Fayette County School Board holds hearing on closures - New York News

Fayette County School Board holds hearing on closures

Posted: Updated:
FAYETTE COUNTY, Ga. -

Parents may sound off again on proposed changes for the Fayette County School District. The county is facing a $15 million budget shortfall, so the school board has proposed closing four schools.
    
Tyrone Elementary, Brooks Elementary, Fayette Middle School, and Fayetteville Intermediate School are on the chopping block.

The district is facing the shortfall after it overbuilt based on growing population projections that did not happen because of the recession and housing crisis.

Parents said they are angry over the budget crisis. Mary Hooper said that she moved to Fayette from Cobb County to take advantage of top-rated Tyrone Elementary School.

"It was the absolute driver for us to purchase the home," Hooper said.

Monday's hearing was the final chance for parents and community members to tell the school board how they feel about the possible closures, and how they'll affect their kids.

"We are creating a Fayette County identity….a credibility crisis with the next wave of people who could come in here to pay the property taxes that are going to get us out of this fiscal crisis," said Kevin Murphy, a concerned parent.

No decision was made on Monday.

Even if the decision is made to close the four schools, that would only account for about $4 million of the shortfall.

  • Local NewsLocal NewsMore>>

  • PETA protests Central Park horse-drawn carriages

    PETA protests Central Park horse-drawn carriages

    Thursday, April 24 2014 6:08 PM EDT2014-04-24 22:08:12 GMT
    Chanting the mayor's name in appreciation, some 50 demonstrators protested horse-drawn carriages in the city on Thursday. The protest was organized by PETA and NYCLASS after a horse fell on the corner of 5th Avenue and 59th Street Wednesday. The protestors said the horse was spooked by a bus and cited witness accounts who shot some video. The horse that fell is 15-year-old Spartacus.
    Chanting the mayor's name in appreciation, some 50 demonstrators protested horse-drawn carriages in the city on Thursday. The protest was organized by PETA and NYCLASS after a horse fell on the corner of 5th Avenue and 59th Street Wednesday. The protestors said the horse was spooked by a bus and cited witness accounts who shot some video. The horse that fell is 15-year-old Spartacus.
  • Superstorm Sandy

    NYU Langone unveils rebuilt emergency room

    NYU Langone unveils rebuilt emergency room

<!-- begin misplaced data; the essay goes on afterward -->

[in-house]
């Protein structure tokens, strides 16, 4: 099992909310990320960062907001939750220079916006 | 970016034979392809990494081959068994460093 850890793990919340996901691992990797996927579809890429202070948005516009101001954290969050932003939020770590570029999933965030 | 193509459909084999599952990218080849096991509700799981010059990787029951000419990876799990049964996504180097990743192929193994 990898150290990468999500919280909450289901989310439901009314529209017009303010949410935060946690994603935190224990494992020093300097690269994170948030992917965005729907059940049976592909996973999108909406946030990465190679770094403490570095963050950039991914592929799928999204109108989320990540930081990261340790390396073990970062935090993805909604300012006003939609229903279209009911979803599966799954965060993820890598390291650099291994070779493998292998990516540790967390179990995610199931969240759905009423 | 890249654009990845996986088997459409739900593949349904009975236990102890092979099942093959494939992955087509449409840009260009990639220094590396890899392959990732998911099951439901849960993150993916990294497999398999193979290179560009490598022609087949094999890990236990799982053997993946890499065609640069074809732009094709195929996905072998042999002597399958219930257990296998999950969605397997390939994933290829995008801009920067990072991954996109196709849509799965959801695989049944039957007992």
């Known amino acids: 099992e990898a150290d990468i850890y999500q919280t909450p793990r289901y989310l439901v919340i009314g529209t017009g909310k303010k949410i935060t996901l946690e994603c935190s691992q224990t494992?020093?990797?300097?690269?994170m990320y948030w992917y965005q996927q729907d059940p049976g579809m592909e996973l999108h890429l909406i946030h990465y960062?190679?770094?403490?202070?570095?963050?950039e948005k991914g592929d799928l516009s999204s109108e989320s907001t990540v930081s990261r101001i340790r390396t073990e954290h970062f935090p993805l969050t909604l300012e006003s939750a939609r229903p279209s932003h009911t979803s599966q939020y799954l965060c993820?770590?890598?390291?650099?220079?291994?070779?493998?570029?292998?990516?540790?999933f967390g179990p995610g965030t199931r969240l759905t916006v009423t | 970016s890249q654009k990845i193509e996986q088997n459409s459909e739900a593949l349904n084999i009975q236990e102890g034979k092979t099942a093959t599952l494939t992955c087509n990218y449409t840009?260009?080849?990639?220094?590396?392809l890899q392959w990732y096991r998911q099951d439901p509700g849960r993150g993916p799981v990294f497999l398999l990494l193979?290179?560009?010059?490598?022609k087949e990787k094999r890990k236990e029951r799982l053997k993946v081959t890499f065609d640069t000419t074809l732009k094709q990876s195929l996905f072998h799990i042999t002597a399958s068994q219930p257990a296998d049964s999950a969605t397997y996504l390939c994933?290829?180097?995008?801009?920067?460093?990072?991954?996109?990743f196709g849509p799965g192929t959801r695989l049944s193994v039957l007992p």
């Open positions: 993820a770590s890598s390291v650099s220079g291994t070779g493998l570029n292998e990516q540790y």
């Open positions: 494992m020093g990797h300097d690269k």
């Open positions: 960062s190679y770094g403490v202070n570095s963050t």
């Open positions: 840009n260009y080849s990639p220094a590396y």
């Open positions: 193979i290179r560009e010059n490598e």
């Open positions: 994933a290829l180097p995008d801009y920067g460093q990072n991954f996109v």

Thursday, April 24 2014 5:54 PM EDT2014-04-24 21:54:40 GMT
    A year and a half after Superstorm Sandy hit New York, a major city emergency facility that was destroyed finally fully reopened Thursday — with waterproof walls. Gov. Andrew Cuomo joined Mayor Bill de Blasio and other dignitaries to celebrate the emergency complex at the NYU Langone Medical Center, which is now triple the size of the old one and equipped with the latest technology.
    A year and a half after Superstorm Sandy hit New York, a major city emergency facility that was destroyed finally fully reopened Thursday — with waterproof walls. Gov. Andrew Cuomo joined Mayor Bill de Blasio and other dignitaries to celebrate the emergency complex at the NYU Langone Medical Center, which is now triple the size of the old one and equipped with the latest technology.
  • Princeton University giving town $24M

    Princeton University giving town $24M

    Thursday, April 24 2014 5:33 PM EDT2014-04-24 21:33:55 GMT
    Princeton University has agreed to contribute more than $24 million over the next seven years to the town of Princeton. The deal was announced Thursday and is set for consideration by the town government's approval on Monday. The university and town officials frame it was as a way to resolve an age-old issue in college towns where much of the land is university-owned and thus tax-exempt.
    Princeton University has agreed to contribute more than $24 million over the next seven years to the town of Princeton. The deal was announced Thursday and is set for consideration by the town government's approval on Monday. The university and town officials frame it was as a way to resolve an age-old issue in college towns where much of the land is university-owned and thus tax-exempt.
Powered by WorldNow
Didn't find what you were looking for?
All content © Copyright 2000 - 2014 Fox Television Stations, Inc. and Worldnow. All Rights Reserved.
Privacy Policy | Terms of Service | Ad Choices